I was quickly admitted, and my mother left. I had my tonsils out that day and I remember waking up with an awful sore throat, helped a bit by a scoop each of vanilla and strawberry ice cream.

Once my throat eased a bit, I had a great time playing with the other children. We had Ludo and Snakes and Ladders to play with, but the very best was chasing over and under the beds – at least, until the nurses told us off.

I was almost sorry when the nurse said we would be going home. My mother was always late for everything and I was left all alone in the waiting room as the others were collected one by one. She finally came, only to tell me off because I’d spilled something down my jumper.

In those days it was just a couple of bad sore throats and out came your tonsils. Now we realise that the tonsils are large lymphatic glands that have an important role to play in our immune system.

Fortunately, there were still a few indications for tonsillectomy when I was a young Ear, Nose and Throat (ENT) house surgeon in 1959. Because I had already qualified as a dentist as well as a doctor, and I suppose seemed steady and sensible, my consultant allowed me to have my own operating list, removing tonsils and adenoids. We took out tonsils by grabbing them in a steel snare and nipping them off. Usually we removed the adenoids as well by scraping them out. I loved it all.

By that time, Josh and I were married and, though I would have loved to have trained as a surgeon, I felt that as a married woman I was unlikely to get very far. In my hospital, there was only one woman consultant surgeon (unmarried, of course) and that was the usual state of affairs.

Woman in a White Coat paperback

Lots more stories like this in my memoir ‘‘Woman in White Coat’.

Buy Woman in a White Coat on Kindle at £2.99 or as a paperback on Amazon at £9.99

http://bit.ly/Woman_in_a_White_Coat

MY TWOPENNY CLUB ROW FORTUNE

Simon before Babygros and Onesies

If I had been good and not been cheeky, on Sunday my dad would take me to Club Row to see the animals. That week I asked if I could buy a twopenny fortune. The fortune seller had a yellow budgerigar perched on his shoulder and a tray stuffed with rows of little envelopes suspended around his neck. When you handed over your two pennies, the budgie would fly down, pick out one of the envelopes with its beak and hand it to you. The bystanders watched in silence as I opened the envelope.

‘You will win the football pools, get married and have four children,’ I read out to a round of applause.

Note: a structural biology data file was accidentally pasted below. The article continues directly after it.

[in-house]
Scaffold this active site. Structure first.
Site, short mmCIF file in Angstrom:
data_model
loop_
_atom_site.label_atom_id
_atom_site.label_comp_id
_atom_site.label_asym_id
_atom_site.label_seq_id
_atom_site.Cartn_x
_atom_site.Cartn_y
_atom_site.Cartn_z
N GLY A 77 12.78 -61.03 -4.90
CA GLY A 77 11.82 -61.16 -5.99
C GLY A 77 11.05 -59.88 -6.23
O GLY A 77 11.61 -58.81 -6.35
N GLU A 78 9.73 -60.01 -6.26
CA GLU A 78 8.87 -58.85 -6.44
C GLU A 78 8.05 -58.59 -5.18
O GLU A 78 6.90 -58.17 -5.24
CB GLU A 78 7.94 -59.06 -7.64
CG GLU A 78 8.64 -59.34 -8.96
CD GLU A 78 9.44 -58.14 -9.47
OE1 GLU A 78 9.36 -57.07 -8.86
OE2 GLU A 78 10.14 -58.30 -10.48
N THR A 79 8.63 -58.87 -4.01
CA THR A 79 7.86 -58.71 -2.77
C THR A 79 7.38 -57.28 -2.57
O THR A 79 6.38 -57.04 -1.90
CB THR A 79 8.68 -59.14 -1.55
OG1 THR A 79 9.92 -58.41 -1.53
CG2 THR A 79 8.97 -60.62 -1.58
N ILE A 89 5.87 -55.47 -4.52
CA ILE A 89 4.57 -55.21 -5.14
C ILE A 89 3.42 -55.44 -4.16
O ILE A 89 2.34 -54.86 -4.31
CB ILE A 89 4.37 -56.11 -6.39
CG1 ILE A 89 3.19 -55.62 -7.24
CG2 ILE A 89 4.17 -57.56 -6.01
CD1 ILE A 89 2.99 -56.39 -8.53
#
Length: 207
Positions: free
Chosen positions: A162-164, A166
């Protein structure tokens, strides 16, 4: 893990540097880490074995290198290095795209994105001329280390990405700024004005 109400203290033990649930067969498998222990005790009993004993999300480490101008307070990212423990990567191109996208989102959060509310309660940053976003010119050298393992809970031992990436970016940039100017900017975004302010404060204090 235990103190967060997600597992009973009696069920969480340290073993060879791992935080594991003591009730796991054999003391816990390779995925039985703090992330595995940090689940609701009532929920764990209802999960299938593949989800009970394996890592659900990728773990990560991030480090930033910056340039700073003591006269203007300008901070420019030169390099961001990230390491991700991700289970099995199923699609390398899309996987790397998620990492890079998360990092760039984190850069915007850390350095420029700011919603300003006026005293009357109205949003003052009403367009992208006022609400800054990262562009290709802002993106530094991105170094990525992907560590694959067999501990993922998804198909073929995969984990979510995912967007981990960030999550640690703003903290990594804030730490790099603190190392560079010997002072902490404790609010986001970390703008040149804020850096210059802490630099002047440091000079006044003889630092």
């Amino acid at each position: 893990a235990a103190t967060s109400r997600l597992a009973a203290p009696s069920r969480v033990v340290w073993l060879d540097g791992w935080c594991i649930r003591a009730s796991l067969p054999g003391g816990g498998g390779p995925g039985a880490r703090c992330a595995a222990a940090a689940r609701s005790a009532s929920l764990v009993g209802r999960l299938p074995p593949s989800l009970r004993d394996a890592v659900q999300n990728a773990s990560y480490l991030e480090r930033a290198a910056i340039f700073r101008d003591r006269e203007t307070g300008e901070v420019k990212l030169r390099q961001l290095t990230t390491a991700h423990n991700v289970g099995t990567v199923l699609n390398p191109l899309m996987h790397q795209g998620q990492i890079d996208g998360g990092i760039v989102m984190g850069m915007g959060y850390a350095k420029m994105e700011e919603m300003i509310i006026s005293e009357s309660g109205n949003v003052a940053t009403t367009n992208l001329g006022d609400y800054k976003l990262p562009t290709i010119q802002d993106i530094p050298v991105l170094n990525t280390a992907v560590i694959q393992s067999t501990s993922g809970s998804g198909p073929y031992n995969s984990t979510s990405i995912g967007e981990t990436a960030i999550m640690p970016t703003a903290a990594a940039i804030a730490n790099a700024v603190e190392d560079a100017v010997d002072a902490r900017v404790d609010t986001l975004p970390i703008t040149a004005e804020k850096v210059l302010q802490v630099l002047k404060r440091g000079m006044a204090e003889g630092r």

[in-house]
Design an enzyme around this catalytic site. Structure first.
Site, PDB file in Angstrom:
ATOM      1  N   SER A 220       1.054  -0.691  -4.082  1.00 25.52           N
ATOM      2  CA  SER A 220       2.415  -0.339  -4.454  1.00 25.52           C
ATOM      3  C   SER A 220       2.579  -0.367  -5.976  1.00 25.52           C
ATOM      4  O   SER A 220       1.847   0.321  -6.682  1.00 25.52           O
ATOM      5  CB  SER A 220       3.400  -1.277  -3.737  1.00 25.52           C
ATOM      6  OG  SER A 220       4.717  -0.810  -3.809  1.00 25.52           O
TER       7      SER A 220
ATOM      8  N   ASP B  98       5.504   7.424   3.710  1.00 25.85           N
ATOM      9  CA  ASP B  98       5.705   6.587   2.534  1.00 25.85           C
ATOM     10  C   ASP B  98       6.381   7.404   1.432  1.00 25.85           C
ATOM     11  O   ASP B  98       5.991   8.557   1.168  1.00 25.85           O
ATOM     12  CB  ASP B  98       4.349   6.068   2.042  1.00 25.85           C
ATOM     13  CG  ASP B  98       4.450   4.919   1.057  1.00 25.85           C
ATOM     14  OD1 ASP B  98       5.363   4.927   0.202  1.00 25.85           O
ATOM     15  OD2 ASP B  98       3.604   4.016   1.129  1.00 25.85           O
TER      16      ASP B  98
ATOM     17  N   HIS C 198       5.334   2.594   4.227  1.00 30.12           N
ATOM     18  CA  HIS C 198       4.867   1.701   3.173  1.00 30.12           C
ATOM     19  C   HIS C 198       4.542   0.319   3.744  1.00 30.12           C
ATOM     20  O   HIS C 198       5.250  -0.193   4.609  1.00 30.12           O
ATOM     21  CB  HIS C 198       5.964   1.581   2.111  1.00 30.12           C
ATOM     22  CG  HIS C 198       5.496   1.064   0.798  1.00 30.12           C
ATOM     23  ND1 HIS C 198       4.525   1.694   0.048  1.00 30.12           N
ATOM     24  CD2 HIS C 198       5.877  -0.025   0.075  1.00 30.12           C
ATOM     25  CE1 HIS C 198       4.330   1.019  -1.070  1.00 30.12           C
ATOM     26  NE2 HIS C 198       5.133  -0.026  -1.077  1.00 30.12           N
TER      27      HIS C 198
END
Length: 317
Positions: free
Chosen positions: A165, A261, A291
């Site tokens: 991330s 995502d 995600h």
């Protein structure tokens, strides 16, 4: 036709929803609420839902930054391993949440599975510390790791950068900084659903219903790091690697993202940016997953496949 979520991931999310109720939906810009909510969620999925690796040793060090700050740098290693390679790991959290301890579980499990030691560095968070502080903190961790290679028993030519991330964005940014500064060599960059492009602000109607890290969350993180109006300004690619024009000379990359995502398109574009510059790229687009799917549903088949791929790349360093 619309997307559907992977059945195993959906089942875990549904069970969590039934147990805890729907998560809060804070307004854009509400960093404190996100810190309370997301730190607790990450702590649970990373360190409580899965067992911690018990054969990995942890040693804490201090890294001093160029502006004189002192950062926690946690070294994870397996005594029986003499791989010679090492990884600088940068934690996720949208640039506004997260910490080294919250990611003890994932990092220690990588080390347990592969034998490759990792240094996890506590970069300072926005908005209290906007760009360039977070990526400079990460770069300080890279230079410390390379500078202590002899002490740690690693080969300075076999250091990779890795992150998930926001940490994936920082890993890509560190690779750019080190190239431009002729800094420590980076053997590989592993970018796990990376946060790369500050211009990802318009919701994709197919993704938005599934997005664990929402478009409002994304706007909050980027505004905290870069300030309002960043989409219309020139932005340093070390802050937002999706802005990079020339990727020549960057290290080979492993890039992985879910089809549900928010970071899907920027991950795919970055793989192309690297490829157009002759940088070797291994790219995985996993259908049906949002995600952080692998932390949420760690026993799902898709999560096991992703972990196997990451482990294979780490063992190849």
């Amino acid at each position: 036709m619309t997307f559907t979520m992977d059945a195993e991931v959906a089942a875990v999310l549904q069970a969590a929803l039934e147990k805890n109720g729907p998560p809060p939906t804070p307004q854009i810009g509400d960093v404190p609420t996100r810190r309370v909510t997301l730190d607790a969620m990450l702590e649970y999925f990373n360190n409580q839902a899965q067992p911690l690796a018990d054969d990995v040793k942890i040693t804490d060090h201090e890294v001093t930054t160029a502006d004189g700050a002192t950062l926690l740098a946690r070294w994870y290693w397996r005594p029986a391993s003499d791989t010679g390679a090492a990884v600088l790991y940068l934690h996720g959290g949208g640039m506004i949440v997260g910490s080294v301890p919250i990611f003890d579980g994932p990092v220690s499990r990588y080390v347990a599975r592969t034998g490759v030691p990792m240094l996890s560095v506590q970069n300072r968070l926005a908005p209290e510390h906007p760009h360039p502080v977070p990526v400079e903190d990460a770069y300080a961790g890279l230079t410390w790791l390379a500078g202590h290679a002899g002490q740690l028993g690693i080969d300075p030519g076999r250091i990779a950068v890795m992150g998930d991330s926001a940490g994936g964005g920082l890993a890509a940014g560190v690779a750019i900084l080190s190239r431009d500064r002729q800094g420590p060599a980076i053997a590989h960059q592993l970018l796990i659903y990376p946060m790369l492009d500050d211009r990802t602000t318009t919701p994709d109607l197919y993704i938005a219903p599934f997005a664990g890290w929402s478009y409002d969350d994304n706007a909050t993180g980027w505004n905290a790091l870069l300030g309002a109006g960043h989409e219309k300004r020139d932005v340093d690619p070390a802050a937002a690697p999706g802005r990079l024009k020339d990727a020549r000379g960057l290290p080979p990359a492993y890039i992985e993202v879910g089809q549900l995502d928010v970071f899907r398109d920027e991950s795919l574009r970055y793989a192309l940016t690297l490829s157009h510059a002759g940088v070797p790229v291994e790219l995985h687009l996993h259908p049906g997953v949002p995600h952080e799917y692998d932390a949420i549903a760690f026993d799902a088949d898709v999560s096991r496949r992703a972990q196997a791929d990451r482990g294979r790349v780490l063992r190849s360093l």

I managed two of the three, but winning the football pools wasn’t one of them!!

I had qualified in dentistry and was half way through my medical training when we got married in 1956. By the time I completed my second post as a house physician, and was now able to work outside a hospital, I was five months pregnant with Simon.

Unfortunately, I developed raised blood pressure and fluid retention towards the end of my pregnancy and was prescribed strict rest. I was bored out of my mind. Two weeks before Simon was due, I was delighted when Josh’s cousins invited us for dinner. Both of them were great cooks and bon viveurs.

In 1960 we weren’t generally aware of the dangers of alcohol in pregnancy so when we arrived, we were greeted with a glass of dry sherry, as was the custom. I had two glasses of a very good Hungarian red wine with the delicious meal and a snifter of brandy with my after-dinner coffee.

Then my waters broke and Josh drove to the hospital in our old Morris 8 banger as fast as it would go.

When I arrived at the hospital where I’d trained, the midwife settled me in and sent Josh back for the case I kept ready for such an emergency.

‘Nothing’s happening at the moment,’ she said. ‘Just take this Seconal. It will help you to sleep. As it’s your first baby it could be ages yet.’

‘I really don’t need it. I’m more like a dormouse than anything. I’ll be asleep in no time.’

‘Be good now, Dr Waterman,’ she said. So I swallowed the capsule.

But soon my contractions started.

‘I’ll just give you something for the pain,’ the midwife said.

‘It’s not really hurting,’ I said.

‘Be good,’ she said, and gave me an injection of Pethidine.

By now, I’d had a glass of sherry, two large glasses of wine, a brandy, a capsule of Seconal and an injection of Pethidine. I was as high as a kite!!

I knew a few dirty songs and sang them at the top of my voice, but I knew a lot more hymns and started to sing them while the midwife exhorted me to push.

Finally, her instructions got through to me and my gorgeous baby boy was born. Amazingly, the moment I held Simon in my arms, I was stone cold sober. What incredible beings we are!!

Many thanks to those who’ve contacted me to say they are going to give my memoir ‘Woman in a White Coat’ as a Hanukah or

Woman in a White Coat paperback

Christmas present

‘Woman in White Coat – the memoir of girl growing up the East End and making good

Buy it on Kindle at £2.99 or as a paperback on Amazon at £9.99

http://bit.ly/Woman_in_a_White_Coat

LITTLE WOMEN

My parents’ wedding photograph 1918. Can you see the box under the carpet where my mother is standing?